Does polycystic ovarian syndrome (PCOS) or in vitro maturation (IVM) treatment affect embryo development events and morphokinetic parameters after time-lapse incubation? There was an increase in some abnormal phenotypic events in PCOS-IVM embryos as well as an increase in early arrest of PCOS-IVM and PCOS-ICSI embryos; however, IVM treatment or PCOS status did not alter morphokinetic development of embryos suitable for transfer of vitrification. IVM has been less successful than standard IVF in terms of clinical pregnancy, implantation and live birth rates. There is currently no information available about the development of IVM embryos according to time-lapse analysis. This article represents a prospective case-control study. The study involved 93 participants who underwent 93 treatment cycles. Cycles were completed between January 2013 and July 2014. Participants were recruited for the study at Fertility Specialists of WA and Fertility Specialists South, Perth, Western Australia. Of the PCOS diagnosed patients, 32 underwent IVM treatment (PCOS-IVM) and 23 had standard ICSI treatment (PCOS-ICSI). There were 38 patients without PCOS who underwent standard ICSI treatment comprising the control group (control-ICSI). The PCOS-IVM group showed significantly more embryos with multinucleated two cells (P = 0.041), multinucleated four cells (P = 0.001) and uneven two cells (P = 0.033) compared with the control-ICSI group, but not the PCOS-ICSI group. There were no significant differences in the rates of any abnormal events between the PCOS-ICSI and control-ICSI groups. Embryo arrest between Days 2 and 3 was higher in the PCOS-IVM and PCOS-ICSI groups compared with the control-ICSI group (P events from embryos generated using this approach for patients diagnosed with PCOS and shows that embryos generated from IVM have an increased rate of early embryo arrest, however; morphokinetic development is not impaired in embryos that progress to the useable blastocyst stage. The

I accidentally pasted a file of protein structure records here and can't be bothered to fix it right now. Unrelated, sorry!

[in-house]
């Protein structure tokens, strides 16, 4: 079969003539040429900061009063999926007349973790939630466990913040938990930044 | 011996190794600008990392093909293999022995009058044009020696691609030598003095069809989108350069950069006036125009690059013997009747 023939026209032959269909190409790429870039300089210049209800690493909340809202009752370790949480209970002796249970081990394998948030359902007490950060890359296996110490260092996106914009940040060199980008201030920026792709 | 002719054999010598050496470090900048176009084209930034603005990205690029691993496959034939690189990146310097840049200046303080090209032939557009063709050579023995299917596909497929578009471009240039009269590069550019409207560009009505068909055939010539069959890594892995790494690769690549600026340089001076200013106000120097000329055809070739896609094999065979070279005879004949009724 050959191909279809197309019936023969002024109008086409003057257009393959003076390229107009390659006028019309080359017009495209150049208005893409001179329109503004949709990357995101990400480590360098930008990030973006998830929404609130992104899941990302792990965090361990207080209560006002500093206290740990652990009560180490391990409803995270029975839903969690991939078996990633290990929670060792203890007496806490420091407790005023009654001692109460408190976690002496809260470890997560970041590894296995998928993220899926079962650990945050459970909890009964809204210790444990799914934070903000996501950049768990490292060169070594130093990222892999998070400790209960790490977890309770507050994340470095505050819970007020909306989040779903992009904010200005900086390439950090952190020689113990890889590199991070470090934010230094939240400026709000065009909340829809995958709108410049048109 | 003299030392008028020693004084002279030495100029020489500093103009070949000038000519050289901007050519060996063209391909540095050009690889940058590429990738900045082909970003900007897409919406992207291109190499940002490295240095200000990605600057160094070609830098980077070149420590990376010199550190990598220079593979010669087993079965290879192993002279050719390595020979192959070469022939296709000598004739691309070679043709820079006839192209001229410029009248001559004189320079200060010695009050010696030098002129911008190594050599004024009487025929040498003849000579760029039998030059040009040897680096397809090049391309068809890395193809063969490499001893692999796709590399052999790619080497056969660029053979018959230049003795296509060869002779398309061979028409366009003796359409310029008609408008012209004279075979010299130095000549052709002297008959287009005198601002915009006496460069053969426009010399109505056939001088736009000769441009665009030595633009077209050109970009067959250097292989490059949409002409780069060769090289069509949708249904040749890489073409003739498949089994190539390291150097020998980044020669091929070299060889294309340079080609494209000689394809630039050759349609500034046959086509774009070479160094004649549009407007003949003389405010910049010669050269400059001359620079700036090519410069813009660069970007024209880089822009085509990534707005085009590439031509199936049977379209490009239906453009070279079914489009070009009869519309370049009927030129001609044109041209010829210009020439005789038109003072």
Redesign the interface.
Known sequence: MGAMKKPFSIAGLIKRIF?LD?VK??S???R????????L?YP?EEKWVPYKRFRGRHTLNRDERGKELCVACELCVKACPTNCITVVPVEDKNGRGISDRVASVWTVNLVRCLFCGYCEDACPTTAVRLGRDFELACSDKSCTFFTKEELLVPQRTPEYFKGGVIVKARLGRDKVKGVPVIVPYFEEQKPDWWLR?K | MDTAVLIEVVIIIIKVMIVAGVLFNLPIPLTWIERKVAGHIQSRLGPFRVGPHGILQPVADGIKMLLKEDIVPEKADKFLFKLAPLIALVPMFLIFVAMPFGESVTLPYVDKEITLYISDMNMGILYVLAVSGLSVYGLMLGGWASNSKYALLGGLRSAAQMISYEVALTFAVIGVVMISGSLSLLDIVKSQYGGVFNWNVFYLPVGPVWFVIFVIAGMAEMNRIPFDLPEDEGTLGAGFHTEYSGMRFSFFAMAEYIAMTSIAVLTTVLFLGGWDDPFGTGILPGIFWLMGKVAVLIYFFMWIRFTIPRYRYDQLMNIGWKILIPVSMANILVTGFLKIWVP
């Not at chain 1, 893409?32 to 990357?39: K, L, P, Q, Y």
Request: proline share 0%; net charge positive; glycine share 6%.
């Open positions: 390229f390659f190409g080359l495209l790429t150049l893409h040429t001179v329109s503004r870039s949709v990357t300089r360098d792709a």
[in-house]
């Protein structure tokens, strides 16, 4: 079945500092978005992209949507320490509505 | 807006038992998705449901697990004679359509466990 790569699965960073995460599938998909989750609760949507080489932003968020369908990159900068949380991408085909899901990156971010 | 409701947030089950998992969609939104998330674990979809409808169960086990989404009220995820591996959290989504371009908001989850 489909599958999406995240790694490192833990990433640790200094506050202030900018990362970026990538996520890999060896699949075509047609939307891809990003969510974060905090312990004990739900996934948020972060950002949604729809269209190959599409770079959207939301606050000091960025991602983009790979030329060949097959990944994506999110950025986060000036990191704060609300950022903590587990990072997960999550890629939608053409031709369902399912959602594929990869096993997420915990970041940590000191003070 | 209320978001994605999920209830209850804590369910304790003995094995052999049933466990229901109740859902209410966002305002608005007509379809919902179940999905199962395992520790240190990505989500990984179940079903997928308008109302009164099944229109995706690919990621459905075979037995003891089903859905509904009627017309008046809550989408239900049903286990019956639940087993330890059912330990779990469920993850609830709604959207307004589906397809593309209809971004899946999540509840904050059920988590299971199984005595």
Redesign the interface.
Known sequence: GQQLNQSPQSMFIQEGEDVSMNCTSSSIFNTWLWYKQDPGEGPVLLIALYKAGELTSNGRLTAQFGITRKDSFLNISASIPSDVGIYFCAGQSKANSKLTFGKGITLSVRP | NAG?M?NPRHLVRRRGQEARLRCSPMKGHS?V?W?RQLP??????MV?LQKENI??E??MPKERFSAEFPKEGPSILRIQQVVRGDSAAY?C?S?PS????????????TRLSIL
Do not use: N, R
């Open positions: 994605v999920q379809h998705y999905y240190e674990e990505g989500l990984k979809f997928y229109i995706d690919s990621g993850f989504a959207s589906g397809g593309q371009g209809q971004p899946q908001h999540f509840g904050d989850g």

14. Derivation of HVR1, HVR2 and HVR3 human embryonic stem cell lines from IVF embryos after preimplantation genetic diagnosis (PGD for monogenic disorder

    Directory of Open Access Journals (Sweden)

    Abdelkrim Hmadcha

    2016-05-01

    Full Text Available From 106 human blastocyts donate for research after in vitro fertilization (IVF and preimplantation genetic diagnosis (PGD for monogenetic disorder, 3 human embryonic stem cells (hESCs HVR1, HVR2 and HVR3 were successfully derived. HVR1 was assumed to be genetically normal, HVR2 carrying Becker muscular dystrophy and HVR3 Hemophilia B. Despite the translocation t(9;15(q34.3;q14 detected in HVR2, all the 3 cell lines were characterised in vitro and in vivo as normal hESCs lines and were registered in the Spanish Stem Cell Bank.